Bus Conversions dot Com Bulletin Board
September 01, 2014, 06:49:56 AM *
Welcome, Guest. Please login or register.

Login with username, password and session length
News: This BB is intended for the sole purpose of sharing conversion and bus related information among visitors to our web site. These rules must be followed in order for us to continue this free exchange of info. No bad mouthing of any business or individual is permitted. Absolutely no items for sale are to be posted, except in the Spare Tire board. Interested in placing a classified or web ad, please contact our advertising dept. at 714-903-1784 or e-mail to: info@busconversions.com.

   Home   Help Forum Rules Search Calendar Login Register BCM Home Page Contact BCM  
Pages: [1] 2 3  All   Go Down
  Print  
Author Topic: Need help reseting system for new house batteries  (Read 3286 times)
Phil H / Chicago
Jr. Member
**
Offline Offline

Posts: 59





Ignore
« on: February 13, 2008, 07:28:40 PM »

OK guys, I just replaced all six 6 volt house batteries with new ones that have a 232 Ah capacity each. It had 6 volt batteries that I took out, but I don't know anything about them except they were shot. I have the Heart 2500 Source manager and Link 1000. As I read the very confusing (to me) manual it suggest I reset the system and then enter the proper Ah capacity for the new batteries. The factory default is 200 and now that the batteries I am using are 232, what number do I use? I am getting confused about the concept of taking the two 6 volt batteries and doubling the value. So do I take 232 x 2 = 464? Or since I have six total batteries do I take the 232 x 3 = 696? This is all about as clear as mud to me.

I know since  the factory default setting is 200 then 232 is not off by much but guess I should do it correctly right? 

Thanks, Phil
Logged
Hartley
Hero Member
*****
Offline Offline

Posts: 1217





Ignore
« Reply #1 on: February 13, 2008, 07:52:30 PM »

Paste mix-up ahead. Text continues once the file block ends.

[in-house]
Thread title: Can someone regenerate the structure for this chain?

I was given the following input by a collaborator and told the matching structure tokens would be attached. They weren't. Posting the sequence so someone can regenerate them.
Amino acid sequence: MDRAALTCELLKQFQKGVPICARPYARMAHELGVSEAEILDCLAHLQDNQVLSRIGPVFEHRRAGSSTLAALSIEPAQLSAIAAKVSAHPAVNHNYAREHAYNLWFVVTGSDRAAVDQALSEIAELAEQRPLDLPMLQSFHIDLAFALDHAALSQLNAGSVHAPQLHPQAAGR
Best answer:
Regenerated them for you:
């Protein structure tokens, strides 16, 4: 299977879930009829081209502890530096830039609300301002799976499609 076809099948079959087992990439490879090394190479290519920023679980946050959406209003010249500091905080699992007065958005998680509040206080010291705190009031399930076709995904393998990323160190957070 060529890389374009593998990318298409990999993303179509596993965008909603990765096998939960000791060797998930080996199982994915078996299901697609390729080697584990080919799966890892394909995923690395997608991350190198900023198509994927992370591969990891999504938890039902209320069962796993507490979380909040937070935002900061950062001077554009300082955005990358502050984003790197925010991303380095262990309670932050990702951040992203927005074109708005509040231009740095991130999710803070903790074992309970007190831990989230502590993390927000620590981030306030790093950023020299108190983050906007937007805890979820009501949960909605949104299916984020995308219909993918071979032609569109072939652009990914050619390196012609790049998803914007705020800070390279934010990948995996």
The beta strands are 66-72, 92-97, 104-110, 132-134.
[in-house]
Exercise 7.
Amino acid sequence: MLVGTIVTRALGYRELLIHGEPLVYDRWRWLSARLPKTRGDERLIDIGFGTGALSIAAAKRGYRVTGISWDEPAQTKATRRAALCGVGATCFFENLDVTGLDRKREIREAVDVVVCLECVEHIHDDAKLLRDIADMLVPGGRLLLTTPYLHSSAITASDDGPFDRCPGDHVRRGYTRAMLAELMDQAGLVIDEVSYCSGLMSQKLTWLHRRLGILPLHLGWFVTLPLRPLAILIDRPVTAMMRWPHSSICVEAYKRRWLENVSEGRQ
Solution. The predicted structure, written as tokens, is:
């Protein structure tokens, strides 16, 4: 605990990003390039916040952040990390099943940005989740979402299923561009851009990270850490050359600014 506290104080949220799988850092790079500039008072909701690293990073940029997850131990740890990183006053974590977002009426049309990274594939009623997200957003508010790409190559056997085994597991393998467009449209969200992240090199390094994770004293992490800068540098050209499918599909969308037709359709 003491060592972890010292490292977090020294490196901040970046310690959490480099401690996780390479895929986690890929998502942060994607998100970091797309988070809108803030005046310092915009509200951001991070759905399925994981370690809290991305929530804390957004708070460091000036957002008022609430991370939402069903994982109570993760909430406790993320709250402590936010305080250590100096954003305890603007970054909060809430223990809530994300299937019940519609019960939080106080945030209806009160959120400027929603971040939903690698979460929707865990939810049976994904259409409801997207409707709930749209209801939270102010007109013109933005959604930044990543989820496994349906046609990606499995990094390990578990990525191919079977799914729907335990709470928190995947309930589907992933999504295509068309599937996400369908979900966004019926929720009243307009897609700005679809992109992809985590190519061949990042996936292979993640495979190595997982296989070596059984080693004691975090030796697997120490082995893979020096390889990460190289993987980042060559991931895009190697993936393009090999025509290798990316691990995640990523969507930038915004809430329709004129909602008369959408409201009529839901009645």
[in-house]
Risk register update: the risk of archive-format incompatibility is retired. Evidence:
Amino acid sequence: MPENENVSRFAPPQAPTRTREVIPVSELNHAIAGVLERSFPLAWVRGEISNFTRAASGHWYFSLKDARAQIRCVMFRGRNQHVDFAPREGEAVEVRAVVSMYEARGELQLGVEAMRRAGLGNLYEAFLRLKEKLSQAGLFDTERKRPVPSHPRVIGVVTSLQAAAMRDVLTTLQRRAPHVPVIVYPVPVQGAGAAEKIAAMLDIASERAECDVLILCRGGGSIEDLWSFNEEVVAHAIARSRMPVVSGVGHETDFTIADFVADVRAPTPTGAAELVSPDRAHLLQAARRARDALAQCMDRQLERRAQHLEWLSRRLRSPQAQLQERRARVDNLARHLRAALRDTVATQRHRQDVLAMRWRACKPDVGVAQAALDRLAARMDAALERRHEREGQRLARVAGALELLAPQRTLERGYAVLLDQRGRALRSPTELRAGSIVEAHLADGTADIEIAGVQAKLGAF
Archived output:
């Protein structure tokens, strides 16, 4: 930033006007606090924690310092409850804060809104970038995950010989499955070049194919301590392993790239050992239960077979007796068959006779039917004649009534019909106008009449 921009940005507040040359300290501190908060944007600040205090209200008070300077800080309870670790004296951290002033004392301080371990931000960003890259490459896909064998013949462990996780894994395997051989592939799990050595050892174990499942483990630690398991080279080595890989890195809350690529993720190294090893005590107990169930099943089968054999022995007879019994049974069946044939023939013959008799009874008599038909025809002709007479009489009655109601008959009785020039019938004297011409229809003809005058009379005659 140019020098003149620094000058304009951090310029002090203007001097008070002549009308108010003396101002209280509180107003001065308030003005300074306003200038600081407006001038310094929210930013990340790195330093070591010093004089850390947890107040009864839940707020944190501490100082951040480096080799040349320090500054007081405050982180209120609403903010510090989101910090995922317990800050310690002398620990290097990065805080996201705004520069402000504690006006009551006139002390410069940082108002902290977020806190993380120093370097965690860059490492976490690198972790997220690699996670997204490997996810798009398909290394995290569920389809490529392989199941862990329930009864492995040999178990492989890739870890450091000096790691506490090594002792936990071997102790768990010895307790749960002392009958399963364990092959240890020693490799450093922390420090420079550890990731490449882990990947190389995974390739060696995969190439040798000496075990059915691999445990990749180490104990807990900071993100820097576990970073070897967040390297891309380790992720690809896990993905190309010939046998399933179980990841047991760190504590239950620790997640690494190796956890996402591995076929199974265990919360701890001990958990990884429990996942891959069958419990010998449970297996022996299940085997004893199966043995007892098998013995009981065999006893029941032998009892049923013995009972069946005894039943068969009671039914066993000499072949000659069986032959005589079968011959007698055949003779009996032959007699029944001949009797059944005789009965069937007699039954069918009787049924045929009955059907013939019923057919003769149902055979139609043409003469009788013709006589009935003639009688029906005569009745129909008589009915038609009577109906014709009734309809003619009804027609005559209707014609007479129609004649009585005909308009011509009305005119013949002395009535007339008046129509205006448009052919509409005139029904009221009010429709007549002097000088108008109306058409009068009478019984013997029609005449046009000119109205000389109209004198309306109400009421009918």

Uh...

If each 6 volt battery is 232 ah and you have two in series then the total ah would be 1/2 of the 232 @ 12 volts.

I have 8 ea 6 volt Batteries @ 232ah in FOUR groups of 2

so each group would be 116 ah X the number of groups, In my case
it would be 4 groups X 116 ah for total of: 464ah total for the bank.

I guess the difference would be if you old batteries were rated at 200ah
and the new ones rated at 232 ah. the actual difference would be 64 ah
greater @ 6 volts or 32 ah greater @ 12 volts.

You could probably leave the default settings which would probably just
come out at a little extra reserve power for later. If your programming was set for a higher charge/discharge rate and you went lower on battery capacity then I would worry about the settings. This way you are fairly safe.

Dave.....

Dave'd and Confused..... Roll Eyes
Logged

Never take a knife to a gunfight!
DrivingMissLazy
Hero Member
*****
Offline Offline

Posts: 2634




Ignore
« Reply #2 on: February 13, 2008, 08:02:46 PM »

In my opinion you have a total battery bank capacity of 12 volts @ 232 x 3 = 696 amps. That is assuming you have three sets of two batteries connected in series for a 12 volt system.

Richard
Logged

Life should NOT be a journey to the grave with the intention of arriving safely in an attractive and well preserved body. But rather to skid in sideways, chocolate in one hand, a good Reisling in the other, body thoroughly used up, totally worn out and screaming:  WOO HOO, what a ride
gmbusguy1
Full Member
***
Offline Offline

Posts: 169




Ignore
« Reply #3 on: February 13, 2008, 08:11:57 PM »

I agree with Dave, 232 ah in series= half or 116 ah

Chris
Logged
DrivingMissLazy
Hero Member
*****
Offline Offline

Posts: 2634




Ignore
« Reply #4 on: February 13, 2008, 08:18:08 PM »

Why do you feel the amp hour capacity should decrease just because the batteries are connected in series?

One battery is rated for 232 amps at 6 volts. Each battery is good for 1392 watts. 6 volts times 232 amps = 1392 watts.

Connect two in series and they are good for 2784 watts. 12 volts times 232 amps = 2784 Watts. exactly double the wattage available.

Richard
« Last Edit: February 13, 2008, 08:26:14 PM by DrivingMissLazy » Logged

Life should NOT be a journey to the grave with the intention of arriving safely in an attractive and well preserved body. But rather to skid in sideways, chocolate in one hand, a good Reisling in the other, body thoroughly used up, totally worn out and screaming:  WOO HOO, what a ride
Phil H / Chicago
Jr. Member
**
Offline Offline

Posts: 59





Ignore
« Reply #5 on: February 13, 2008, 09:03:55 PM »

I way I was understanding it is I have three sets of two 6 volt tied together in series making three 12 volt batteries rated at 232. It is a 12 volt system. That's the reason I was thinking I would take 232 x 3 = 696

Phil
Logged
Hartley
Hero Member
*****